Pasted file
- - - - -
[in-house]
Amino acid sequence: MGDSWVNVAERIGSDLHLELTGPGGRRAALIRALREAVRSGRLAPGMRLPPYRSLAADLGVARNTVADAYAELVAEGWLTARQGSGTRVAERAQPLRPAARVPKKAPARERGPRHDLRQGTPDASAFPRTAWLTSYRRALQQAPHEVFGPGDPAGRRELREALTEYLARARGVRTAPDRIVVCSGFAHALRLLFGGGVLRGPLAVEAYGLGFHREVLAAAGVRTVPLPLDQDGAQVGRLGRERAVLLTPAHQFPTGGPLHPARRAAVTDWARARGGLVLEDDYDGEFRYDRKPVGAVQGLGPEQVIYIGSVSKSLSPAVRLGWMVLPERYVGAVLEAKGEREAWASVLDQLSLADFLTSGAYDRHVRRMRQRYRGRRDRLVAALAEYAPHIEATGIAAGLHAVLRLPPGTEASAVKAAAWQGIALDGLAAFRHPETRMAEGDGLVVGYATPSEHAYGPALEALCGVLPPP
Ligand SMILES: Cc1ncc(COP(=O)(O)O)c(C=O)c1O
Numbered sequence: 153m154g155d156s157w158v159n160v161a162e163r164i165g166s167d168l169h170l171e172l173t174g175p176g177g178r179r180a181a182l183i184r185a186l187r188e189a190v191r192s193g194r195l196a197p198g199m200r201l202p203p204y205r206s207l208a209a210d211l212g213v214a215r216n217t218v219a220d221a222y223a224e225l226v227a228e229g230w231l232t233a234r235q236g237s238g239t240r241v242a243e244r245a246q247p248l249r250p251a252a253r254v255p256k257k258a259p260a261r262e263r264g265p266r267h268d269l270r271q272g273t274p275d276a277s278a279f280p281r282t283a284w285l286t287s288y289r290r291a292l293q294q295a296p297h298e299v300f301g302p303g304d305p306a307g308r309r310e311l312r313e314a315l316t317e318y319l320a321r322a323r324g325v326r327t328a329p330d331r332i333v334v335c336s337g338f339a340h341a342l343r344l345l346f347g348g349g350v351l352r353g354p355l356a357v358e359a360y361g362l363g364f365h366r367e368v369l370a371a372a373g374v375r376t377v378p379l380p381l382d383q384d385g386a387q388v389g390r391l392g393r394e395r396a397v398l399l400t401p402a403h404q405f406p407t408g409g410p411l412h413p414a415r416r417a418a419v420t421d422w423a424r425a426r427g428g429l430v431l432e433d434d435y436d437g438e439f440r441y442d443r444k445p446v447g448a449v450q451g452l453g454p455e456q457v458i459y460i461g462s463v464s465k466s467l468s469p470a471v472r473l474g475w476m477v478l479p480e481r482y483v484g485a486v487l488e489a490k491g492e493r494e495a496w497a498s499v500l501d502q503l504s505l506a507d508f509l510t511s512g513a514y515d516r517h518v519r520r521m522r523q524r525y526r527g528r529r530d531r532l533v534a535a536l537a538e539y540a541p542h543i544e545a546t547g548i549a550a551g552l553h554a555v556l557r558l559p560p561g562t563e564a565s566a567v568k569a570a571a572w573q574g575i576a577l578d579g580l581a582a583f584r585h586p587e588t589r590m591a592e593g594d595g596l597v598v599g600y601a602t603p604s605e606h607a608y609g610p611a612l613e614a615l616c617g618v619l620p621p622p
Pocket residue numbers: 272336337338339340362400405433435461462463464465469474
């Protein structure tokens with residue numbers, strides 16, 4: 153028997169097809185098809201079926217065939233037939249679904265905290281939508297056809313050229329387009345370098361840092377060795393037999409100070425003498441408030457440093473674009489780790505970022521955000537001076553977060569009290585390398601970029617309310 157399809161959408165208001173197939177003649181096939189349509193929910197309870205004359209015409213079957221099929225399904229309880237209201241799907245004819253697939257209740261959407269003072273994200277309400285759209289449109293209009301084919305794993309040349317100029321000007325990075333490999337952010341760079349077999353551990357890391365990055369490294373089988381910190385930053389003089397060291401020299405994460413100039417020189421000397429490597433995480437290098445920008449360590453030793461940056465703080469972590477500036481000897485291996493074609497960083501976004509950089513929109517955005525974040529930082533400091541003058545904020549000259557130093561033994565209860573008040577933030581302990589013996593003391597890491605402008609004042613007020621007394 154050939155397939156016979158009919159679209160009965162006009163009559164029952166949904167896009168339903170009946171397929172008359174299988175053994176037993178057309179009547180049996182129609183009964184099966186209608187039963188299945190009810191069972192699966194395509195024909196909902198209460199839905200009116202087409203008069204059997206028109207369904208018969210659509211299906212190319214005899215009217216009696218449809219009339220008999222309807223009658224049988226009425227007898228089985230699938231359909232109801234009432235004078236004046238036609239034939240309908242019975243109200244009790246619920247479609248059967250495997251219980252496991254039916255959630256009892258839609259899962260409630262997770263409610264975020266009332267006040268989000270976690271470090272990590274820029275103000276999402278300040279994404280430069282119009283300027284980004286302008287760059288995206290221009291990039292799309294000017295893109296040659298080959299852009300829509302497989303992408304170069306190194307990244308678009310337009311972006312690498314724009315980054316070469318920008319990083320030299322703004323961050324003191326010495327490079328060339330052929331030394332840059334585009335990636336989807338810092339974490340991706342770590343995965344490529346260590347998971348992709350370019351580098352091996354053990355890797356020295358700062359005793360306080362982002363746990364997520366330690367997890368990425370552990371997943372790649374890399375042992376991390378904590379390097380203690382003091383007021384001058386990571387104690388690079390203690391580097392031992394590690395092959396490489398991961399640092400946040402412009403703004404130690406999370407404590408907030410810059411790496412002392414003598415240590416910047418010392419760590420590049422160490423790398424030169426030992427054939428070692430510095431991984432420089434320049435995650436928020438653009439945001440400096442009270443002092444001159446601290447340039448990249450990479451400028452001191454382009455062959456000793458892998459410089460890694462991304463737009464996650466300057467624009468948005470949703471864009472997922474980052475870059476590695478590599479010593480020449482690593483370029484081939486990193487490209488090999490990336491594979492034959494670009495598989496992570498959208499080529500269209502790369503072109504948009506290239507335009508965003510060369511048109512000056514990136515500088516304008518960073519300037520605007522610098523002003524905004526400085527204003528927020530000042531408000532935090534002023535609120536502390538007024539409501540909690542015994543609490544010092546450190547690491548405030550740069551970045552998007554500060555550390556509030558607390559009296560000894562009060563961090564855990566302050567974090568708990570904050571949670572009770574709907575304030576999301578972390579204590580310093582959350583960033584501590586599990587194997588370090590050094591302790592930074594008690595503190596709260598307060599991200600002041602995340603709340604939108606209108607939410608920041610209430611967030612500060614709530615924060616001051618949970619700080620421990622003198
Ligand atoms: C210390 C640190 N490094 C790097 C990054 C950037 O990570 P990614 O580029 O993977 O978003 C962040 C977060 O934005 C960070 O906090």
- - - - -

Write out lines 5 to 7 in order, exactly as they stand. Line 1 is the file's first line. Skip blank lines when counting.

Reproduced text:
Pocket residue numbers: 272336337338339340362400405433435461462463464465469474
């Protein structure tokens with residue numbers, strides 16, 4: 153028997169097809185098809201079926217065939233037939249679904265905290281939508297056809313050229329387009345370098361840092377060795393037999409100070425003498441408030457440093473674009489780790505970022521955000537001076553977060569009290585390398601970029617309310 157399809161959408165208001173197939177003649181096939189349509193929910197309870205004359209015409213079957221099929225399904229309880237209201241799907245004819253697939257209740261959407269003072273994200277309400285759209289449109293209009301084919305794993309040349317100029321000007325990075333490999337952010341760079349077999353551990357890391365990055369490294373089988381910190385930053389003089397060291401020299405994460413100039417020189421000397429490597433995480437290098445920008449360590453030793461940056465703080469972590477500036481000897485291996493074609497960083501976004509950089513929109517955005525974040529930082533400091541003058545904020549000259557130093561033994565209860573008040577933030581302990589013996593003391597890491605402008609004042613007020621007394 154050939155397939156016979158009919159679209160009965162006009163009559164029952166949904167896009168339903170009946171397929172008359174299988175053994176037993178057309179009547180049996182129609183009964184099966186209608187039963188299945190009810191069972192699966194395509195024909196909902198209460199839905200009116202087409203008069204059997206028109207369904208018969210659509211299906212190319214005899215009217216009696218449809219009339220008999222309807223009658224049988226009425227007898228089985230699938231359909232109801234009432235004078236004046238036609239034939240309908242019975243109200244009790246619920247479609248059967250495997251219980252496991254039916255959630256009892258839609259899962260409630262997770263409610264975020266009332267006040268989000270976690271470090272990590274820029275103000276999402278300040279994404280430069282119009283300027284980004286302008287760059288995206290221009291990039292799309294000017295893109296040659298080959299852009300829509302497989303992408304170069306190194307990244308678009310337009311972006312690498314724009315980054316070469318920008319990083320030299322703004323961050324003191326010495327490079328060339330052929331030394332840059334585009335990636336989807338810092339974490340991706342770590343995965344490529346260590347998971348992709350370019351580098352091996354053990355890797356020295358700062359005793360306080362982002363746990364997520366330690367997890368990425370552990371997943372790649374890399375042992376991390378904590379390097380203690382003091383007021384001058386990571387104690388690079390203690391580097392031992394590690395092959396490489398991961399640092400946040402412009403703004404130690406999370407404590408907030410810059411790496412002392414003598415240590416910047418010392419760590420590049422160490423790398424030169426030992427054939428070692430510095431991984432420089434320049435995650436928020438653009439945001440400096442009270443002092444001159446601290447340039448990249450990479451400028452001191454382009455062959456000793458892998459410089460890694462991304463737009464996650466300057467624009468948005470949703471864009472997922474980052475870059476590695478590599479010593480020449482690593483370029484081939486990193487490209488090999490990336491594979492034959494670009495598989496992570498959208499080529500269209502790369503072109504948009506290239507335009508965003510060369511048109512000056514990136515500088516304008518960073519300037520605007522610098523002003524905004526400085527204003528927020530000042531408000532935090534002023535609120536502390538007024539409501540909690542015994543609490544010092546450190547690491548405030550740069551970045552998007554500060555550390556509030558607390559009296560000894562009060563961090564855990566302050567974090568708990570904050571949670572009770574709907575304030576999301578972390579204590580310093582959350583960033584501590586599990587194997588370090590050094591302790592930074594008690595503190596709260598307060599991200600002041602995340603709340604939108606209108607939410608920041610209430611967030612500060614709530615924060616001051618949970619700080620421990622003198
Ligand atoms: C210390 C640190 N490094 C790097 C990054 C950037 O990570 P990614 O580029 O993977 O978003 C962040 C977060 O934005 C960070 O906090």